Painful urination could be a sign of Vulvar Cancer in women

Cancer of reproductive organs and genitals in both men and women is usually overlooked in many instances. Despite having a generic knowledge on various gynaecological related cancer, many are completely left in the dark when it comes to symptoms and the potential threat it causes to the intimate region. One such potentially rare form of cancer is the Vulvar cancer. Cancers of the vagina and vulva are rare and usually curable when found and treated early.

Vulvar cancer is a rare type of cancer. It forms in a woman’s external genitals, called the vulva. The cancer usually grows slowly over several years. This cancer affects the vulva, the outer part of the female genitals. Vulvar carcinoma mostly affects the vaginal outer lips. Cancer that begins in the vulva is called primary vulvar cancer. When cancer spreads from some other part of the body to the vulva it is termed secondary vulvar cancer. Precancerous lesions usually appear first and are identified as abnormal cell development in the skin’s outermost layer.

Although this is predominately common in postmenopausal women, due to a sudden transformation in lifestyle and unhealthy habits such as smoking, women of all ages should be cautious of vulvar cancer.

Signs and symptoms

Vulvar cancer doesn’t show any symptoms at first. Over a period of time your body shows symptoms such as a lump in the vulva, vulvar itching or tenderness, bleeding that is not your period and changes in the vulvar skin, such as the colour changes or growth that looks like a wart or ulcer.

Varied forms of vulvar cancer have various symptoms, and in some situations, no symptoms are present.

Risk factors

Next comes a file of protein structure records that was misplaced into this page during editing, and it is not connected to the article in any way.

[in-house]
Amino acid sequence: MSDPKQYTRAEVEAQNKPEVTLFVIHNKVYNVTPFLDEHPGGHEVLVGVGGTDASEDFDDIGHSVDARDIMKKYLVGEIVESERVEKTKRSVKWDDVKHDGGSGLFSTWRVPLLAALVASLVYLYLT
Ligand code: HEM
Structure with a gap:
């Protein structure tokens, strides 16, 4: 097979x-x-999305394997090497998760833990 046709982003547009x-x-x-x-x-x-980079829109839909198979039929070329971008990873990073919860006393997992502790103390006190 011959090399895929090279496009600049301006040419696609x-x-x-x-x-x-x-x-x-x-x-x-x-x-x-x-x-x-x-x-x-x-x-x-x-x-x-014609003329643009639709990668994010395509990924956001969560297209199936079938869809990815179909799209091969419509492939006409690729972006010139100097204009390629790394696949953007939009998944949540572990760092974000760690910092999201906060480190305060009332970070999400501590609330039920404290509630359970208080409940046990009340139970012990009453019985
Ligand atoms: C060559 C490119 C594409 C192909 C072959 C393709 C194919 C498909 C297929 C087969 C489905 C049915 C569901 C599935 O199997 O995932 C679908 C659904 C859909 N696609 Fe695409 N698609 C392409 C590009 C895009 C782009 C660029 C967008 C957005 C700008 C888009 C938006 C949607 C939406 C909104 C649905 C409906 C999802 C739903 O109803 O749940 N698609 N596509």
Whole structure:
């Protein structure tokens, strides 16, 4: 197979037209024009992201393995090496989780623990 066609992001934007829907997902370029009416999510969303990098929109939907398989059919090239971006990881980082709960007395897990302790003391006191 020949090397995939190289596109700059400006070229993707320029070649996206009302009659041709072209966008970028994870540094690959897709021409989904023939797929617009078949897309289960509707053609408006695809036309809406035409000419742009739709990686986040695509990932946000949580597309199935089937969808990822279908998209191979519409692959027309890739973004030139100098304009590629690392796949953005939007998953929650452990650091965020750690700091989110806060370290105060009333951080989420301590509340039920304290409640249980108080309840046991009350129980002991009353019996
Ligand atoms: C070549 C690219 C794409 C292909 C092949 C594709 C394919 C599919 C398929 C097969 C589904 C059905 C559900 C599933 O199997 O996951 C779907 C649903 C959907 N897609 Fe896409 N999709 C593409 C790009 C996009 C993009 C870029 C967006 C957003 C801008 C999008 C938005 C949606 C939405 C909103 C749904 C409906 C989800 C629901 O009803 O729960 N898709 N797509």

You are at a greater risk if you have had Human Papillomavirus (HPV) infection or a history of genital warts. Women who have Vulvar Intraepithelial Neoplasia (VIN), a disorder in which vulvar skin cells grow into cancer cells, have a significantly higher chance of developing vulvar cancer. Lichen Sclerosus, a condition that causes the skin to thicken and become itchy, and this might slightly raise the risk of vulvar cancer. Women who smoke on a regular basis are three to six times more likely to get vulvar cancer. If the habitual smoker additionally has an HPV infection, the risk increases even more.

Diagnosis of vulvar cancer

Doctors diagnose vulvar cancer based on how large it is or where it is and whether it has spread to nearby lymph nodes. This is determined during surgery to remove the cancer. These stages range from stage I to stage IV.

Stage 0 – The cancer is only visible on the skin’s surface.

Stage 1 and 2 – The cancer is localized to the vulva and grows to a size of up to 2 cm. In Stage 3 – The cancer is found to have spread to adjacent tissue such as the anus or vagina and to the lymph nodes.

Stage 4 – After spreading to the lymph nodes on both sides of the groin, the cancer may spread to the intestines, bladder, or urethra, the passageway through which urine exits the body.


Surgery, chemotherapy, radiation therapy, and biologic therapy are the most common treatments for vulvar cancer. The primary method of treating vulvar cancer is surgery. The objective is to cure cancer while ensuring that sexual functions remain intact. If cancer is detected in its early stages, it can be treated with just a minor surgery. Surgery will be more complex if done in the later stages when cancer has spread to neighbouring organs such as the urethra, vagina, or rectum. Doctors work closely with the woman to develop a treatment plan that is best suited to her and takes into account the age of the woman, sexual lifestyle and any other medical problems.

Practicing safe sex, not smoking, having the HPV vaccination, and going for cervical smear tests are a few measures that can help prevent vulvar cancer.

The best way to lower the risk is to be aware of the symptoms and to get checked as soon as they appear. It is also crucial to schedule frequent gynaecological health checks, including a physical exam at least once a year.

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